PC

Published on November 20th, 2018 | by Guest

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How To Build A Gaming PC On Budget

Building a gaming PC yourself is a tedious task, especially when you’re on a budget. For those who are unacquainted with the world of PC building, it may seem that building a PC with decent specs costs you a kidney. I’m sad to proclaim that the reality isn’t far fetched from the imagined scenario. It isn’t the fact you can’t assemble a gaming PC within a budget of $400, no. It is our perception of a gaming PC itself. When we think about gaming PC, we think about ‘PC Master Race’, about 4k resolution and 120+ Frames Per Second, about shiny LEDs and liquid cooled cases. And that is what hikes the price of an ‘ideal’ gaming PC.

If you’re on a low budget, say less than $500, and need a gaming PC for nothing but playing games all day long, then it may be a good idea to opt for a console. However, a PC, even a rather cheap one, has many perks over a console, not to forget the sheer joy of building a PC from dust and witnessing its first boot-up.

So, here is how you can build a gaming PC within your budget.

First things first, determine what you’ll actually do on your gaming PC. Are you gonna play video games all day long or need it as a system for work by the day? Are you gonna use your gaming PC for rendering? The most important component of a gaming PC is the GPU while the most important component of a PC which is used for rendering is CPU.

Once you’ve decided the main purpose of your gaming PC, it’s time to move on to the budget itself. Old poppy used to say ‘The bigger the better’, a statement which suits flawlessly when you’re deciding the budget of your gaming PC.

Once you’ve pondered upon the main purpose of your gaming PC as well as its budget, here are a few money saving tips while building a gaming PC.

1. Plan out your components

PC Components, especially the high-end ones which are used in gaming PCs, tend to fetch a high price. It would be an absolute bummer if you spent a ton of money of purchasing the components only to find out that they are not compatible with each other. Or even worse, they are out of your budget.

PcPartPicker allows you to virtually build your PC, component by component. It will warn you if any of the selected components such as the motherboard, CPU and Power Supply Unit are incompatible with each other. But that’s just the beginning of it. The website also allows you to view and compare prices of different components across the various online retail channels. It also looks after recent price drops and current offers. The verified user ratings help you to finalize your choice of components.

2. Use what you already have

In one of our previous articles, we warned against using old and used components for your new builds. To summarize it in just a single sentence, old or used components may not be compatible with the new and upgraded components that you’ll use for your new PC.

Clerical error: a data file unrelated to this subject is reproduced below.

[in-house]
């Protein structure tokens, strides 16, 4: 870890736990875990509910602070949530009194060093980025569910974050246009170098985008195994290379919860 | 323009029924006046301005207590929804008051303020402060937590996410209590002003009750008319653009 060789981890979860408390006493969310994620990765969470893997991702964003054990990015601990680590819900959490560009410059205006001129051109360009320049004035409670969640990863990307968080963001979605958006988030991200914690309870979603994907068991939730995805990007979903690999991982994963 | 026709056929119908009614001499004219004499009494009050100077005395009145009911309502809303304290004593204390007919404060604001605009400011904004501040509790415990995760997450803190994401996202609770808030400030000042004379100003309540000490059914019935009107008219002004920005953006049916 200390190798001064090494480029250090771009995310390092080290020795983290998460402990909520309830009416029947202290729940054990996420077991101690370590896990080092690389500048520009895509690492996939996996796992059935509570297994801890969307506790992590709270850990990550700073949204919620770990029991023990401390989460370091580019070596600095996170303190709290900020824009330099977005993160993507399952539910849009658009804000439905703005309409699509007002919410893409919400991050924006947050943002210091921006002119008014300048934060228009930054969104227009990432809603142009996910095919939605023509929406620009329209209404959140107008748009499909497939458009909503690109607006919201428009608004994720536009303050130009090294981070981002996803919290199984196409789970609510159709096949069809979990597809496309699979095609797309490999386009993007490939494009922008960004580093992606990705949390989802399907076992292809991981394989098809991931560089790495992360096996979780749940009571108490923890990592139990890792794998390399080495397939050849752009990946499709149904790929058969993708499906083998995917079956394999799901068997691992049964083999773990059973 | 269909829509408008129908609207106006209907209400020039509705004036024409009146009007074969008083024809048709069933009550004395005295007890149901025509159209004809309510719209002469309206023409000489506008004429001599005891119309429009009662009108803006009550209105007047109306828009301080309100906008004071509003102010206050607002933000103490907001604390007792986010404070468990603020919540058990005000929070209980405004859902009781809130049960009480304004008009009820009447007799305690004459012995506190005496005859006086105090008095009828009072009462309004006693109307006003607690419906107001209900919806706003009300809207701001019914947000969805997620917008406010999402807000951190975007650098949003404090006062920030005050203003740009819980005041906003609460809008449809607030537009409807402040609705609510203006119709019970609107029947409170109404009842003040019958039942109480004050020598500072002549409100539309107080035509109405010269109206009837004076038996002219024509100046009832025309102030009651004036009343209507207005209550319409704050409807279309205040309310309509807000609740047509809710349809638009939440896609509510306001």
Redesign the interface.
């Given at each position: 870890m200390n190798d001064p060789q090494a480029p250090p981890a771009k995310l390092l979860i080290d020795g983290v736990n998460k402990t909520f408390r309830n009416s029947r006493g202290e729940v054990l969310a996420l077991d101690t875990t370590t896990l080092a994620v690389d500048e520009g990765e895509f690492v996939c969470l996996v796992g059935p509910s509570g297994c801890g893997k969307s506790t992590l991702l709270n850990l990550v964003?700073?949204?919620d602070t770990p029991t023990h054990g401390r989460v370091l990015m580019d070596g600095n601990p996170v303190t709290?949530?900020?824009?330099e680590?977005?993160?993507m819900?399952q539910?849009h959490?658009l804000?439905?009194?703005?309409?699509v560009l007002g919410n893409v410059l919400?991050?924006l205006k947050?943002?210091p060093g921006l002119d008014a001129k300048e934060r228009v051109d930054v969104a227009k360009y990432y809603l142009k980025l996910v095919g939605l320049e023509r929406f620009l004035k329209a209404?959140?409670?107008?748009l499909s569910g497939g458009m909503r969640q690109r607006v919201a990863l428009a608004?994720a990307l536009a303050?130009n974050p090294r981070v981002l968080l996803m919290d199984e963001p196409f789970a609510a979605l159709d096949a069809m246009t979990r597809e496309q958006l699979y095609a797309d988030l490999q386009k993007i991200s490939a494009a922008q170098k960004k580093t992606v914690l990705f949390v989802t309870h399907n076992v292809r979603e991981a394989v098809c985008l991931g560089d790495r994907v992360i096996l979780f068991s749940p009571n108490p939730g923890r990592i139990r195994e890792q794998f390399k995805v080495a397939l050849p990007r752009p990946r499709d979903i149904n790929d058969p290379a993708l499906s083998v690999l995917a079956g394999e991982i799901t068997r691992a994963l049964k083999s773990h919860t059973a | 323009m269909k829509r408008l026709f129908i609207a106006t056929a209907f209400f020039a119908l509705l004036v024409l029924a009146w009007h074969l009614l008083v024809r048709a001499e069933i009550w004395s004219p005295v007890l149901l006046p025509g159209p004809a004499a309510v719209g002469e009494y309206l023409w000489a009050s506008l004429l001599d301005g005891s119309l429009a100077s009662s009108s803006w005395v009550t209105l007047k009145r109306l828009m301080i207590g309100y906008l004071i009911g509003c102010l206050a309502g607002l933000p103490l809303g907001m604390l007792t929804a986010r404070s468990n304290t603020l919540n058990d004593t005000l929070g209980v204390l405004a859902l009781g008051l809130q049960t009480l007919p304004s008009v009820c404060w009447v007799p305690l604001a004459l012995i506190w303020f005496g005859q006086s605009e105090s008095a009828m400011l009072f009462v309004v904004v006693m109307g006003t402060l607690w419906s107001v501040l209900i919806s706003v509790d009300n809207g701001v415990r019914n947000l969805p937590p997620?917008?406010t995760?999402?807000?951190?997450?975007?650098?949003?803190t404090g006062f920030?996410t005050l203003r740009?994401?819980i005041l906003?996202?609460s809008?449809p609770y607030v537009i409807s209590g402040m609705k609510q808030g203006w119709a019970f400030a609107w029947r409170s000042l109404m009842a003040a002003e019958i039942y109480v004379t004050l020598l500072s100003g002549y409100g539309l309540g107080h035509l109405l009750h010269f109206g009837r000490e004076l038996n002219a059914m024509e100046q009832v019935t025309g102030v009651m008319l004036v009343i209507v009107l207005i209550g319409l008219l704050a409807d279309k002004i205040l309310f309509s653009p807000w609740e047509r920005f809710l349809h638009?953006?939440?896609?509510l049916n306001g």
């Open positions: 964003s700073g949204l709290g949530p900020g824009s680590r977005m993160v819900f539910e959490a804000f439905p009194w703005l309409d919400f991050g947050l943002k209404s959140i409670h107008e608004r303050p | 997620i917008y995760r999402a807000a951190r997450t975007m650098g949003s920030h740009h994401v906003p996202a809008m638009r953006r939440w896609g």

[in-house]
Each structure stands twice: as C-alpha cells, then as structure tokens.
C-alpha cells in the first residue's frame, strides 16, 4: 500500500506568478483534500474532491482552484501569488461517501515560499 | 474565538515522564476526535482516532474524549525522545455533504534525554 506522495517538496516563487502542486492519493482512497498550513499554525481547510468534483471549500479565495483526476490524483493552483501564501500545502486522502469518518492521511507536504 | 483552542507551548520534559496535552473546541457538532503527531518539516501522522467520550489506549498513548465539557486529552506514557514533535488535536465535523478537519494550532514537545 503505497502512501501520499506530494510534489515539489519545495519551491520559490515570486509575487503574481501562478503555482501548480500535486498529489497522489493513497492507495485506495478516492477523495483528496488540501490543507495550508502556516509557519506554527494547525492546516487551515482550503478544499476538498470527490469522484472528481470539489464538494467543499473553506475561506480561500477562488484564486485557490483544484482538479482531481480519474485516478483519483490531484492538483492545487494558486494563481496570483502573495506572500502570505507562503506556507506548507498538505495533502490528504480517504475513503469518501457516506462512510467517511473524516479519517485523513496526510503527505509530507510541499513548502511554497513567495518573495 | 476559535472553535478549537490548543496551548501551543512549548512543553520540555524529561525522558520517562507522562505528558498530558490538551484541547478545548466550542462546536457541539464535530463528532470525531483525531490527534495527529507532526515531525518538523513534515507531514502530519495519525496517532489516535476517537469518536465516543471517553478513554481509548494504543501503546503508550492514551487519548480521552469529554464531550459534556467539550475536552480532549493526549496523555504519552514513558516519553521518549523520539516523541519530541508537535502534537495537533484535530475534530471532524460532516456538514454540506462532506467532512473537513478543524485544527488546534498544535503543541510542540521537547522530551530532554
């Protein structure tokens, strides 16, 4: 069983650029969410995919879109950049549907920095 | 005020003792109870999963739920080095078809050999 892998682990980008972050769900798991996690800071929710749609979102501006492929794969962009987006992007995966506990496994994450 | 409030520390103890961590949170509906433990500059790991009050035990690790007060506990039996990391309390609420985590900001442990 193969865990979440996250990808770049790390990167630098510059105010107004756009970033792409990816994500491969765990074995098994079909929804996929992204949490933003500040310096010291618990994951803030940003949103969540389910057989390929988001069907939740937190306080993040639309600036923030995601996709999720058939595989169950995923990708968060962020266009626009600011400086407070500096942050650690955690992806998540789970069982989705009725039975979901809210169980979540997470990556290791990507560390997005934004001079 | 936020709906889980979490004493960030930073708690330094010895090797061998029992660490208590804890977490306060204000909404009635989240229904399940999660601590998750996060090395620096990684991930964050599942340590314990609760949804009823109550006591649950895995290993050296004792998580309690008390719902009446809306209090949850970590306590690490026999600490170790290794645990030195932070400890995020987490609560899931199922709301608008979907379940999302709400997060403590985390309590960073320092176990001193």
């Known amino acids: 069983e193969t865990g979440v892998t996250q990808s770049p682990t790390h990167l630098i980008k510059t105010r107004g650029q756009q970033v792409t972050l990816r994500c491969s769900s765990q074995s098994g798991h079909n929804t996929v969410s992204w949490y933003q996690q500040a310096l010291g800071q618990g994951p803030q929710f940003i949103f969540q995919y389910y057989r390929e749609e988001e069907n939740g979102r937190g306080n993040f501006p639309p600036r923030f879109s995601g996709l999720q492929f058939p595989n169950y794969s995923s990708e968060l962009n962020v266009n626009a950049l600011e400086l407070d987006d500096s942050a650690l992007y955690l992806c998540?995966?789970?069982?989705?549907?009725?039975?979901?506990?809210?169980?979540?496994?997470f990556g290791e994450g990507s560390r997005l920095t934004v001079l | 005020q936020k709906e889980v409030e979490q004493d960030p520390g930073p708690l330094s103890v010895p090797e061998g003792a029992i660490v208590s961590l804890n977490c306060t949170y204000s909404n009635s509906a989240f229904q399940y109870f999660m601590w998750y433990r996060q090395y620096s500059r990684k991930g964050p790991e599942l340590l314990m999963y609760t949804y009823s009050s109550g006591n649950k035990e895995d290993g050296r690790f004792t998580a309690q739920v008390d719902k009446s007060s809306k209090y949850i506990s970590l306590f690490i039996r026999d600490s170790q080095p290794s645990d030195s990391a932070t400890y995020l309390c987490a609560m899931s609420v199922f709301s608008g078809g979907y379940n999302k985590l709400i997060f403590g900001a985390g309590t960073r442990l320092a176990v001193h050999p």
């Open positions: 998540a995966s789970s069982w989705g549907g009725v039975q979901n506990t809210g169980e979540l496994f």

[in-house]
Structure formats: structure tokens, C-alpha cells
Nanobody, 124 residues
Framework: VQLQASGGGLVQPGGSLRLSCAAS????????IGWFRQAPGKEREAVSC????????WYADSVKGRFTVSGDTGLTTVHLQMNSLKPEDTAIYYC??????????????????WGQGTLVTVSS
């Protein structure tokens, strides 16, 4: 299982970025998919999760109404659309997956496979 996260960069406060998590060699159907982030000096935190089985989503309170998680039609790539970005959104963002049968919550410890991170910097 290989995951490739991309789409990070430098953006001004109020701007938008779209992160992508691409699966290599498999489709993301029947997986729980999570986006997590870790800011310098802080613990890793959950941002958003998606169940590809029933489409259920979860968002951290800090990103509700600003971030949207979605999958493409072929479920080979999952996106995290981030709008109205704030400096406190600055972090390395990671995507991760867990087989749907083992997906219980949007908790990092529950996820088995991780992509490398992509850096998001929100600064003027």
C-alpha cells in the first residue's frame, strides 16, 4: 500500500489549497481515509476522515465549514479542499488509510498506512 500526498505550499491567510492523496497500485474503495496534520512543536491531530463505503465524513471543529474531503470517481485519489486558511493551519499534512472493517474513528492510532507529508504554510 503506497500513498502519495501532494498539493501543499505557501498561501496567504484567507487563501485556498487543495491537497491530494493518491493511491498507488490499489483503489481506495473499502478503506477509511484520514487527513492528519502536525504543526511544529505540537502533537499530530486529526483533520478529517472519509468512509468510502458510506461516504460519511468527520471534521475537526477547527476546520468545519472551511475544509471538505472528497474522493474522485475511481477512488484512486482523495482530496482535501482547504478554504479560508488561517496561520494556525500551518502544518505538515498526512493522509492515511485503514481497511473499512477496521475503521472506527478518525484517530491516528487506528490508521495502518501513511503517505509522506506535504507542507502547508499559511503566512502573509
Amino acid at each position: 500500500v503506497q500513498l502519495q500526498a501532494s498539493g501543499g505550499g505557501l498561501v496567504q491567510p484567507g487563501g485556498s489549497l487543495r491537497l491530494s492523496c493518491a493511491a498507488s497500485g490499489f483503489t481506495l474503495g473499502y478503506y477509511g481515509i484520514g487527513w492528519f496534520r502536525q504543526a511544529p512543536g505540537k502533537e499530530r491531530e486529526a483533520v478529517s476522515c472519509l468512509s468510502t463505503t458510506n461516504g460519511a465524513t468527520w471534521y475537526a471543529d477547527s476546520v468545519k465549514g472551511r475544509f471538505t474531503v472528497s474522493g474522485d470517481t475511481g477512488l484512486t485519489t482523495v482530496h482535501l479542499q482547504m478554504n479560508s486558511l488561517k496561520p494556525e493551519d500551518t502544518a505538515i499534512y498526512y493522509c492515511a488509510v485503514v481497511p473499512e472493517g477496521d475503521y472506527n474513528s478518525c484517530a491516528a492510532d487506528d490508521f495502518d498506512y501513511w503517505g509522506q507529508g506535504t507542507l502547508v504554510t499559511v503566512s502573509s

However, some stuff like an HDD, fans and LEDs are compatible with pretty much every build. You may be able to use your old RAM, Power Supply Unit and a few other components as well, provided that they are compatible with your new build. PcPartPicker will help you out a ton for this. Moreover, you can also opt for used PC components. Coming across a suitable Power Supply Unit and Ram shouldn’t be difficult. Although, you must have a queer eye to make sure that the components you are purchasing are not faulty.

3. Do not ‘Future Proof’ your PC

Future Proofing your PC may be a good idea unless you’re on a budget, then it’s an absolutely crappy idea.

If you’re not going to use a lot of memory, or to put it in other words; open a lot of tabs in chrome, there is no need to spend the extra coin for a 16 GB RAM. An 8 GB will suffice for most of your needs.

One of the components that you can totally ditch nowadays is the Optical Drive as most of the software and games are available on the internet for downloading. Ditching an optical drive won’t save you a ton of money, $30 tops, but it will reduce redundant part.

You can always upgrade your PC by introducing new components in place of the old one in the future when you have a rather liberal budget. Future proofing your PC will hurt your budget. Make a gaming PC that suffices your current needs.

4. Save on Software

Windows in the OS of choice of PC gamers. But purchasing a Windows license from Microsoft will cost you no less than $100. You can try out the free open source Linux OS. But if you want to old school and stick to good old Windows, you can find sellers on Kinguin, which is a sort of eBay dedicated to software only, selling Authorised Windows licence for as low as $30.

Windows is just one of the many software that skim your budget. Try to avoid buying software that you won’t use more than once or twice. You can also opt for their free counterparts.

5. Skip the Aesthetics

Okay, before we dive in any further, I would like to clarify the fact that I’m one of the many that believe a gaming PC is made from those sexy cases and glowing LED fans.

But your PC dosen’t has to look good to perform good. You can save a ton of money by opting for simple cases and simple fans. The bottom line is that when you’re operating on a tight budget, you should opt for performance over aesthetics. Yet, if you’re hell-bound on having a fancy case, you can score one with under $50.

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